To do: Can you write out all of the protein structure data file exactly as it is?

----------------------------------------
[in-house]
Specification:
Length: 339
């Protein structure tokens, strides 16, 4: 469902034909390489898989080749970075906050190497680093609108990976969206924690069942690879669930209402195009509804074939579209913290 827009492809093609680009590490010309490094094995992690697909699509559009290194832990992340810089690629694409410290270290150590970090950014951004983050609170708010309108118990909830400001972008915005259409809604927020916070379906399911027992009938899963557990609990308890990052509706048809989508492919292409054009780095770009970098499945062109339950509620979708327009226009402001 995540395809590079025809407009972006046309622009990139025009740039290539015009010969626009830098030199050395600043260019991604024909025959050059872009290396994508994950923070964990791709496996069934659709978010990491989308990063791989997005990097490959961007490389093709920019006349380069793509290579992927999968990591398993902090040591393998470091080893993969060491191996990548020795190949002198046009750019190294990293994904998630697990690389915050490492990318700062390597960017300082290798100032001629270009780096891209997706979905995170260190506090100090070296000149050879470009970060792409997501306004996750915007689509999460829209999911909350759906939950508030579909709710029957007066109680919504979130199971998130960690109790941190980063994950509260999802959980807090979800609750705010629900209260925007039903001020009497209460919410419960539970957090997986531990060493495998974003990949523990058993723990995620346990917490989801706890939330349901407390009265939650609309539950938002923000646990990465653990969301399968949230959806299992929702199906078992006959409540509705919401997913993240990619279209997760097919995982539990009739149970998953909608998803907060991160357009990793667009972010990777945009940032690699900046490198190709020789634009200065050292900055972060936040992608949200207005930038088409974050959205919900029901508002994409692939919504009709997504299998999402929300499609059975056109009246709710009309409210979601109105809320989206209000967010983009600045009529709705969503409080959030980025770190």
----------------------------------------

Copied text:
[in-house]
Specification:
Length: 339
């Protein structure tokens, strides 16, 4: 469902034909390489898989080749970075906050190497680093609108990976969206924690069942690879669930209402195009509804074939579209913290 827009492809093609680009590490010309490094094995992690697909699509559009290194832990992340810089690629694409410290270290150590970090950014951004983050609170708010309108118990909830400001972008915005259409809604927020916070379906399911027992009938899963557990609990308890990052509706048809989508492919292409054009780095770009970098499945062109339950509620979708327009226009402001 995540395809590079025809407009972006046309622009990139025009740039290539015009010969626009830098030199050395600043260019991604024909025959050059872009290396994508994950923070964990791709496996069934659709978010990491989308990063791989997005990097490959961007490389093709920019006349380069793509290579992927999968990591398993902090040591393998470091080893993969060491191996990548020795190949002198046009750019190294990293994904998630697990690389915050490492990318700062390597960017300082290798100032001629270009780096891209997706979905995170260190506090100090070296000149050879470009970060792409997501306004996750915007689509999460829209999911909350759906939950508030579909709710029957007066109680919504979130199971998130960690109790941190980063994950509260999802959980807090979800609750705010629900209260925007039903001020009497209460919410419960539970957090997986531990060493495998974003990949523990058993723990995620346990917490989801706890939330349901407390009265939650609309539950938002923000646990990465653990969301399968949230959806299992929702199906078992006959409540509705919401997913993240990619279209997760097919995982539990009739149970998953909608998803907060991160357009990793667009972010990777945009940032690699900046490198190709020789634009200065050292900055972060936040992608949200207005930038088409974050959205919900029901508002994409692939919504009709997504299998999402929300499609059975056109009246709710009309409210979601109105809320989206209000967010983009600045009529709705969503409080959030980025770190």